Beijing: China is growing at a very steady pace — fluctuating between 6.7 per cent and 6.9 per cent for the past three years. But under the hood, there’s a wide divergence among its 31 regions in the first half of this year — from a 2.5 per cent expansion for north-eastern Jilin to a 10 per cent boom for south-western Guizhou.
Such divergence makes it hard to crack down on debt across the nation with a one-size-fits-all policy, as the stimulus that may be needed in Inner Mongolia might cause too much lending in more prosperous regions such as Shanghai.
The government borrowing crackdown is having an effect nationwide — investment decelerated in the first half of this year to the slowest pace in two decades, as local governments were forced to curb debt. Much of the red across northern China shown on the map is due to lacklustre private economies and dependence on heavy industries in those provinces, according to Bloomberg economist Qian Wan in Beijing.
“Regions dependent on state-led infrastructure spending were hurt more than others by the deleveraging campaign,” said Robin Xing, chief China economist at Morgan Stanley in Hong Kong. “So the politburo is adjusting the pace of the debt curbs, and we’ll probably see the expansion of total social financing stabilise in the second half.”
There’s also the hangover from data manipulation in some provinces, with the cleanup of the data in Tianjin, Jilin and Inner Mongolia hurting their headline growth numbers, Wan said.
The economy of Guizhou, a less-developed south-western province which recently made a major bet on the big data industry, is at the top with a 10 per cent growth pace. Its neighbour Yunnan, famous for its scenic landscape, also posted an impressive 9.2 per cent, while north-eastern Jilin, which borders North Korea, expanded at the slowest pace of 2.5 per cent.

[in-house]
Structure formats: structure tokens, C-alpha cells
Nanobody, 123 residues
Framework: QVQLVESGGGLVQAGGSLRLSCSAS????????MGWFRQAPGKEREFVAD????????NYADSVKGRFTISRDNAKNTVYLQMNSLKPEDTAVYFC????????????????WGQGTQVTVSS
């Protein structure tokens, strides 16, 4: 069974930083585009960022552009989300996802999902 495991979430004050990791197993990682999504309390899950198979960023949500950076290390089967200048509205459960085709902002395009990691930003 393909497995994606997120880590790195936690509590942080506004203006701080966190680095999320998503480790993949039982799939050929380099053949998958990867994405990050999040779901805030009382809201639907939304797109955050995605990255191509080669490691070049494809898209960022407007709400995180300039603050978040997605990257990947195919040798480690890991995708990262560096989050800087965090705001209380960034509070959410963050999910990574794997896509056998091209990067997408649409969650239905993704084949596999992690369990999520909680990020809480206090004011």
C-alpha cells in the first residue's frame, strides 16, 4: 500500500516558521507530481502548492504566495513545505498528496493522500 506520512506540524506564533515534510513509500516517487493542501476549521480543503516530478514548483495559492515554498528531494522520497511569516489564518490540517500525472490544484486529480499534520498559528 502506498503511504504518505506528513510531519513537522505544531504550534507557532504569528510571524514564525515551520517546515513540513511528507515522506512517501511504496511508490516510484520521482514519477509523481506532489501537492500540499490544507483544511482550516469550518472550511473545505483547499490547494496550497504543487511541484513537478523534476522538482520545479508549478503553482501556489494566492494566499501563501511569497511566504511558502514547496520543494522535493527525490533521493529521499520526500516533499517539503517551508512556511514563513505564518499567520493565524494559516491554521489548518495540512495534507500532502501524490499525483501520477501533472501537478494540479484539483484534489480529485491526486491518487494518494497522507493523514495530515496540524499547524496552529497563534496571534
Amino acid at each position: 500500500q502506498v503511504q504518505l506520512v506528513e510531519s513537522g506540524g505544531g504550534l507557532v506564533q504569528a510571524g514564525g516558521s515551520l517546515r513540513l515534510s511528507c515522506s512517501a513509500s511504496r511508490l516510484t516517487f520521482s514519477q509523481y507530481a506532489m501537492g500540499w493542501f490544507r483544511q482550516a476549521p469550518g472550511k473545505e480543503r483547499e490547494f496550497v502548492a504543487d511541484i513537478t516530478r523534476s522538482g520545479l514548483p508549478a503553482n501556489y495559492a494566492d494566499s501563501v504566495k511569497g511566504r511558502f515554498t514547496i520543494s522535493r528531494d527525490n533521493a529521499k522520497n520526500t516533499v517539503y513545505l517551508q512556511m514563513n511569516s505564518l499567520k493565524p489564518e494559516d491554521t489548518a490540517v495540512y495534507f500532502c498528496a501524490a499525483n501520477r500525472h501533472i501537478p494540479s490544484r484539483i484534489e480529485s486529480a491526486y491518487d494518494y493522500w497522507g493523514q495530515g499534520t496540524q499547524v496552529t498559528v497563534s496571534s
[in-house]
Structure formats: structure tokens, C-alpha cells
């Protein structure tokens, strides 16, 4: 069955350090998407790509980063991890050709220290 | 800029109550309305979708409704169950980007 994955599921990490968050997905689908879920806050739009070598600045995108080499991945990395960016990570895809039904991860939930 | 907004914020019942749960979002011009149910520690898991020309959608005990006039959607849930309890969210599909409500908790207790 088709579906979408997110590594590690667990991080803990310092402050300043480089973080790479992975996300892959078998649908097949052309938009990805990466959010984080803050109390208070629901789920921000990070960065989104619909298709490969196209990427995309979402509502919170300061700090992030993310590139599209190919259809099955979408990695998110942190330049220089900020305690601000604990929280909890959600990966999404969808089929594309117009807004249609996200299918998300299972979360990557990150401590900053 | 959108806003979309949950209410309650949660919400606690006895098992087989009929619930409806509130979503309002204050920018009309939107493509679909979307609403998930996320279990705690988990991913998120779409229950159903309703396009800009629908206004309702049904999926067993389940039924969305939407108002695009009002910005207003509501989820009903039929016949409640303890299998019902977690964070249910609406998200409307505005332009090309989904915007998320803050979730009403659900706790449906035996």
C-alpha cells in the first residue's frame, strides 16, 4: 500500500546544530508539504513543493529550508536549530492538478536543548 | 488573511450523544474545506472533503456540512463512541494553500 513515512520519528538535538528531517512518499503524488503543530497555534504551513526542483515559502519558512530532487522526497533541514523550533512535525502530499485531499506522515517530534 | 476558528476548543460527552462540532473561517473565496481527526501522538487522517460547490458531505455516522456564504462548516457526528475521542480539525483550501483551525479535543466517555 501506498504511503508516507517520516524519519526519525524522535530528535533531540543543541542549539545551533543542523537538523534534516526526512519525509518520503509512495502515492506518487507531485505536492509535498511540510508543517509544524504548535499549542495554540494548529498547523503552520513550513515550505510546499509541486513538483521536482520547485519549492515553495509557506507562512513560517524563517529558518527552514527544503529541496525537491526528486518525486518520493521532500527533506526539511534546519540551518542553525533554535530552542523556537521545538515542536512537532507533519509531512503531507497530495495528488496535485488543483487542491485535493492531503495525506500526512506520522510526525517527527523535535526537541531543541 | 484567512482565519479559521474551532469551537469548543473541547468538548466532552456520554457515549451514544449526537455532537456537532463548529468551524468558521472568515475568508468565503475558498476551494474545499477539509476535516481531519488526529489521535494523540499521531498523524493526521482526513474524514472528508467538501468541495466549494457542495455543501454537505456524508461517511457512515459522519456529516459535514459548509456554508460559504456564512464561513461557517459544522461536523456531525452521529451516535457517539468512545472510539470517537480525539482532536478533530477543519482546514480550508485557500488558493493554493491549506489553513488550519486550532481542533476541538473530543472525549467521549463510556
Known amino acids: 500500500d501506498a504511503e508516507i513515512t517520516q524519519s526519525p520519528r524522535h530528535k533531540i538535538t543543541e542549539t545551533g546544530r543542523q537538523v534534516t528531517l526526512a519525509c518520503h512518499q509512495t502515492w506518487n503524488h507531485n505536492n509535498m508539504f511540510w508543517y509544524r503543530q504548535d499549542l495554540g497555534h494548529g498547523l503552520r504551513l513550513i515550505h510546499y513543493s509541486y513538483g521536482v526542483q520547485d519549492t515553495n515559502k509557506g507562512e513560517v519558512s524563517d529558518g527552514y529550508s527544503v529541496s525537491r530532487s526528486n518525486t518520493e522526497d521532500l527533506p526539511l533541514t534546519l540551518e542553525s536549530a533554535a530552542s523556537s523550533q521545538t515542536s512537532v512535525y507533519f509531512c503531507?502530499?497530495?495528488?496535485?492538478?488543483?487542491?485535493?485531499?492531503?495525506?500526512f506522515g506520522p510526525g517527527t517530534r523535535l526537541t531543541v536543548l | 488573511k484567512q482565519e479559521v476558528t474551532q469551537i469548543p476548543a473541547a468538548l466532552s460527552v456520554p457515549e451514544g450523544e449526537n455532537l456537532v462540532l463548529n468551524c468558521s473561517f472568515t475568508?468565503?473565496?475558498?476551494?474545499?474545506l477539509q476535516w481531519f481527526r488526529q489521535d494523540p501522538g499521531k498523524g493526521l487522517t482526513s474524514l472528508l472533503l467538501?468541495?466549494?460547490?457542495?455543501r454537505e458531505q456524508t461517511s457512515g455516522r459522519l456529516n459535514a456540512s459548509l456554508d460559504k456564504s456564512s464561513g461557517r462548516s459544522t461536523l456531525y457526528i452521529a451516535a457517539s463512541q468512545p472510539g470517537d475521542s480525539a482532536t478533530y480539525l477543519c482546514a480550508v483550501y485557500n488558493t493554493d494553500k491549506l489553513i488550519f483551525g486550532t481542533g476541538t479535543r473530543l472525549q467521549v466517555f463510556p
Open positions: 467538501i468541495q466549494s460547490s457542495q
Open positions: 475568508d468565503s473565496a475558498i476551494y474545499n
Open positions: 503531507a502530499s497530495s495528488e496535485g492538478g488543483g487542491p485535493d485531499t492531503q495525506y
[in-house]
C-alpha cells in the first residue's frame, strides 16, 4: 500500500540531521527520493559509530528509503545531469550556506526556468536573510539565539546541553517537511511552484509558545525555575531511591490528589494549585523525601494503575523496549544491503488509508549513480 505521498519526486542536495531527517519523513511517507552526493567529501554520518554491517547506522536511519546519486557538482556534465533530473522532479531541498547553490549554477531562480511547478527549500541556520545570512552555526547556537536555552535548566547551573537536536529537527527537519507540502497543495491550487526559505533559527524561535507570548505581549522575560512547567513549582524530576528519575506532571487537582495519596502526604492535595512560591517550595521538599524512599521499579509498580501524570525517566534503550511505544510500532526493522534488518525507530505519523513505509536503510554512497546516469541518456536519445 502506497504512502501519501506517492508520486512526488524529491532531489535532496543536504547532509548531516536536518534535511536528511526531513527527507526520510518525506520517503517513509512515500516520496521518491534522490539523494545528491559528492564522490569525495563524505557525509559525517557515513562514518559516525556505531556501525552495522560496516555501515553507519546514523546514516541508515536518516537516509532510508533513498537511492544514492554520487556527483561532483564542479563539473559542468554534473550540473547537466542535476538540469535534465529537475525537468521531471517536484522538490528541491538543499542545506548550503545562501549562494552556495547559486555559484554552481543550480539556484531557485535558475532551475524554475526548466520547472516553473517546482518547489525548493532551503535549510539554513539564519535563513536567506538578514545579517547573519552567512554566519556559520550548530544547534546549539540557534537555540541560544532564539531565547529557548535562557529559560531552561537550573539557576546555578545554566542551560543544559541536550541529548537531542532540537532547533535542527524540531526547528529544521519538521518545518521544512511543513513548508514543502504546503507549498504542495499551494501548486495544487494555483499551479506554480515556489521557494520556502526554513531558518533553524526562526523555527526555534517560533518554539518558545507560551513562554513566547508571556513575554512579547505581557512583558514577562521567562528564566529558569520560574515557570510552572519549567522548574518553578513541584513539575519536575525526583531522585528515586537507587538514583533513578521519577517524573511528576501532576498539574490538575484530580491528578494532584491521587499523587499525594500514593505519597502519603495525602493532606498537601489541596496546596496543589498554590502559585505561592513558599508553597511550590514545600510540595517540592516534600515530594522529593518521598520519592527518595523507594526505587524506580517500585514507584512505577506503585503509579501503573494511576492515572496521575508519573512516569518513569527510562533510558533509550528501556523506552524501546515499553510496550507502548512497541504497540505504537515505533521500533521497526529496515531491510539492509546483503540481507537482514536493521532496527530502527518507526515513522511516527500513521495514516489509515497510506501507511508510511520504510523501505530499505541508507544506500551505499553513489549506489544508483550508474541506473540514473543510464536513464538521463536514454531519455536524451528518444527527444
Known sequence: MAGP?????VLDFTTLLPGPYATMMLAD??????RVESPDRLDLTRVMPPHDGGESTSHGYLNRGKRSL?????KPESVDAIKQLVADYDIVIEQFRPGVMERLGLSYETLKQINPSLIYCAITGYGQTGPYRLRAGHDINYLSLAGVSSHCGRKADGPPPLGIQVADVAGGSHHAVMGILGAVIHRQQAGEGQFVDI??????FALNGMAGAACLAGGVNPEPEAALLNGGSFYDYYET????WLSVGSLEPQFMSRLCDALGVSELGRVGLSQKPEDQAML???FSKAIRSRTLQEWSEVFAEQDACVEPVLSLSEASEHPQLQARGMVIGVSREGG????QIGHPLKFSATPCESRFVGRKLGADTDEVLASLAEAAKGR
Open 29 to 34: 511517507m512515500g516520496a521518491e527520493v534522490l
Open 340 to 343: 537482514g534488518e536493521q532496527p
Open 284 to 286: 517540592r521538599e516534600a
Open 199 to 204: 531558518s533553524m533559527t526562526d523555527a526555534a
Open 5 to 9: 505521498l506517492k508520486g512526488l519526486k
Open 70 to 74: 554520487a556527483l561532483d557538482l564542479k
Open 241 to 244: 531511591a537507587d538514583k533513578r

But provinces don’t out-perform forever. Chongqing, the province-level city on the Yangtze River that grew the fastest in 2014 through 2016, expanded 6.5 per cent in the first half, below the national pace. Tianjin, ranked first in 2010 through 2013, fell to near the bottom, rising a mere 3.4 per cent.
Chongqing’s story is a cautionary tale for other investment-fuelled regions, according to Haitong Securities Co.
“As financial strains shows up and fiscal spending slows down, the investment can hardly sustain the previous rapid pace,” analysts Jiang Chao and Chen Xing wrote in a note.
“Whenever the local governments can no longer sustain the funding, [the] investment-driven growth model will face challenges,” they wrote, noting that Guizhou had the highest debt-to-gross domestic product ratio among provinces in 2016.
Nominal economic growth shows a different picture. The pace of expansion, unadjusted for inflation, signals the local government’s capability to service their debts, as interest is charged on the nominal value of the loan, and their income from taxes is also unadjusted for price changes. Crackdowns on fake data and also the differences in prices between provinces may account for some of the differences between this data and the real growth numbers.
Businesses are investing more in the stronger performers. Fixed-asset investment, which covers spending on real estate, infrastructure, manufacturing and other assets, jumped 17.4 per cent in Guizhou while slumping 19.5 per cent in Shanxi, whose coal-focused economy has struggled for years.
Factory momentum also varied. Manufacturers in Yunnan boosted their output more than 10 per cent, which puts the 1.8 per cent increase in Chongqing in the shade. Liaoning, a rust belt province which was mired in recession two years ago, saw its factories fire up again.
Looking ahead, export-oriented regions may see production disruptions due to the trade war with the US. However, coastal provinces including Guangdong, Shanghai and Zhejiang, which would be hit the hardest, have the most economic resilience, according to Bloomberg’s Wan. That’s because they have lower debt and the most dynamic private sectors.